Drooped ears

Non-drooped vs. drooped ears in Cuming County, Neb.

Editor’s note: The following was written by Megan Taylor and Aaron Nygren, University of Nebraska Extension educators, for the university’s Crop Watch website Sept. 3.

Crops continue to mature as we rapidly move towards harvest 2020, however, when scouting you may start to see more ears that have prematurely drooped.

In corn, ears typically remain upright until after they have reached black layer (R6). Once corn reaches physiologic maturity, the shank that supports the ear begins to deteriorate, causing the ear to droop. However, many of our acres currently range in development from dough (R4) to dent (R5), with some fields just entering black layer (R6).

What is causing this phenomenon in our corn? And what does this mean for yield in those fields affected?

Conditions for

early ear decline

There can be several contributing factors that cause early drooping of ears. Drought stress, high temperatures, poor root development, population and genetics can all be players.

Note that if you are raising non Bt trait corn, then insect pressure from European corn borer could also be a possible factor for early ear droop on your acres.

This year throughout the Corn Belt, our environmental conditions were stressful at planting, during pollination and at grain fill. Early on we had cooler soil conditions and corn got off to a slow start. These cooler conditions delayed germination and emergence in some of our corn acres.

As we transitioned into summer the heat really took over, especially during pollination. Then as we moved into grain fill, water became scarce and drought conditions started to affect areas. These combined to create a suite of conditions that could cause ears to droop prematurely.

Currently, it does appear that drought is the main stressor that could have caused these ears to droop earlier than normal. The shank can become weakened due to a loss of turgidity in combination with carbohydrates being cannibalized under drought stress.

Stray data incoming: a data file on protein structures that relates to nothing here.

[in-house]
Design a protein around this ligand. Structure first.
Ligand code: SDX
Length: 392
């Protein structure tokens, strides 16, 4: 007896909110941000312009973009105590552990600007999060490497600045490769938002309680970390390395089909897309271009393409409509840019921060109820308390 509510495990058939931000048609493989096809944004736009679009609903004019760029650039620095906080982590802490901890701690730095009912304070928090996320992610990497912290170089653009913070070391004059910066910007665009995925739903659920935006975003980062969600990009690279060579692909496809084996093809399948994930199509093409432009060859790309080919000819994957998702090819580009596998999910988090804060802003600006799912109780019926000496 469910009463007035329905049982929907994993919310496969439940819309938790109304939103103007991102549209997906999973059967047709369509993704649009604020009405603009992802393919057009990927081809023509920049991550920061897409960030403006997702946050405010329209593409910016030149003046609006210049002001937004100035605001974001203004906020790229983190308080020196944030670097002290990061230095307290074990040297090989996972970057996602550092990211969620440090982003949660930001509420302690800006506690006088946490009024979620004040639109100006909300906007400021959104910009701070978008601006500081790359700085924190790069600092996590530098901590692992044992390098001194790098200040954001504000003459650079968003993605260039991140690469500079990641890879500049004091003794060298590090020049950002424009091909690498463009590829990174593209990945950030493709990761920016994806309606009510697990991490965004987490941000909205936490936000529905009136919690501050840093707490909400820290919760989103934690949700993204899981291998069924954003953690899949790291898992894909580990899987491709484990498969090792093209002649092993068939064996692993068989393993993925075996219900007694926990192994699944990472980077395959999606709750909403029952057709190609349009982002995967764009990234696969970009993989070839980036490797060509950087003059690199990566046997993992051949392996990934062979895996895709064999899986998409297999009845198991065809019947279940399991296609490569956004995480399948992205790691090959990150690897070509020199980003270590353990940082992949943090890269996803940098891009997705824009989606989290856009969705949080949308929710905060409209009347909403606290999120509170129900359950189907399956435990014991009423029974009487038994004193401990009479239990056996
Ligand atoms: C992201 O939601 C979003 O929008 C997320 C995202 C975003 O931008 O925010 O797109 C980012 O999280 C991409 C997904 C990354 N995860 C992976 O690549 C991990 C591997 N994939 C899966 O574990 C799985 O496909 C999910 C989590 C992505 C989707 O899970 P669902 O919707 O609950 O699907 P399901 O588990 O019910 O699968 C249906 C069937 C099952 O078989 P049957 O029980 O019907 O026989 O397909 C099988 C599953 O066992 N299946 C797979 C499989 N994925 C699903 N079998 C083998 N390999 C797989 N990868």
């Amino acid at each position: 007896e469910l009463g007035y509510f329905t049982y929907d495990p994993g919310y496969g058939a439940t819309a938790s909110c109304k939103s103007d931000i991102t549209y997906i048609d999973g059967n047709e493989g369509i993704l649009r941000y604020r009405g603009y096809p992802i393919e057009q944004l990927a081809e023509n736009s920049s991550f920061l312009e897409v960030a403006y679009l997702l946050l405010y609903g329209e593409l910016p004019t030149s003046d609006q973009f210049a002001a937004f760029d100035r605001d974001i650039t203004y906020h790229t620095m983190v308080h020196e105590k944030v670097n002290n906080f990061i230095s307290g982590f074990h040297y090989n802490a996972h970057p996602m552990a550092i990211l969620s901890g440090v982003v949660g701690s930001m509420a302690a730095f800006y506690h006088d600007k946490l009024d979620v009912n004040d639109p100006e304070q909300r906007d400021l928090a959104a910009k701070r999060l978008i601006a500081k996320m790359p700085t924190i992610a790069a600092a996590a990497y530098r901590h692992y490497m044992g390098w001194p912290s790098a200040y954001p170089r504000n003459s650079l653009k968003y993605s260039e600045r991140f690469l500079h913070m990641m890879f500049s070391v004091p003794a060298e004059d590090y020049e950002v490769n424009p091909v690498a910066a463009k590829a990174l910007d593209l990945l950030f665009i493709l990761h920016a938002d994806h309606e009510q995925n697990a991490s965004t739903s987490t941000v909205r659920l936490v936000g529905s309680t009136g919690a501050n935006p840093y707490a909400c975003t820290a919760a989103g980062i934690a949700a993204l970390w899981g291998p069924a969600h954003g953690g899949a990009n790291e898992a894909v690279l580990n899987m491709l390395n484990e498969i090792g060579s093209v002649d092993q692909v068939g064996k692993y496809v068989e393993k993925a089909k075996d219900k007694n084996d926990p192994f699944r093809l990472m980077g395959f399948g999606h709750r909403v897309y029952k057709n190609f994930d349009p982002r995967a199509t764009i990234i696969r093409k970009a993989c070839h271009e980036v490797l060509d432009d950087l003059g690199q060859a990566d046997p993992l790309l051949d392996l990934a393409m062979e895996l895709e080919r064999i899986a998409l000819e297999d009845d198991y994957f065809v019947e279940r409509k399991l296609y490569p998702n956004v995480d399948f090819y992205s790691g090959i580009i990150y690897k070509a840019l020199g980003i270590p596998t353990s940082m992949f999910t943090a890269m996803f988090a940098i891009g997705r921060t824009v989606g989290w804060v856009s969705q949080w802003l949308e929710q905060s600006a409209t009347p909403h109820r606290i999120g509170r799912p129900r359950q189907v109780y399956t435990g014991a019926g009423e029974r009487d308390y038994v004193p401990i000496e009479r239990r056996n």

High temperatures can further reduce grain filling corn by increasing evapotranspiration, putting more stress on the corn plant.

Root development and function could also play a role, especially under drought conditions. Once the shank bends over, the pinch point restricts the flow of carbohydrates from the plant to the ear. If the flow is completely shut off, grain fill to the ear ceases and the kernels will prematurely reach black layer.

Impact on yield

Timing and scouting will be key to understanding the impact early ear droop will have on yield. Scouting your fields to determine the development stage of the ear when it droops is critical.

It is important to note that at the beginning of dent, corn still has about 30 to 33 days until it reaches full maturity. Kernel moisture is at 60% and kernel dry matter is only 45% of the final at the beginning of dent.

When looking at estimated loss, if the ear droops during early dent when the milk line is hard to differentiate, yield loss could be up to 40% if the flow of carbohydrates is completely shut off. If the ear droops at the end of the dent stage, when the milk line is close to the tip of the kernel, then yield losses could be up to 12%.

To estimate these losses in your field, identify the development stage in which the ear drooped, then you can multiply the percentage of ears affected by the estimated yield loss per ear (depending on the growth stage utilizing the 40% or 12% loss estimations).

Another factor with ears that prematurely drooped is the integrity of the shank. If the shank is weakened, there is an increased risk of the ear dropping to the ground and increasing harvest losses. This can be exaggerated with less than ideal weather conditions.

Ultimately, pre-harvest scouting can help set expectations come harvest time and help to prioritize fields for harvest.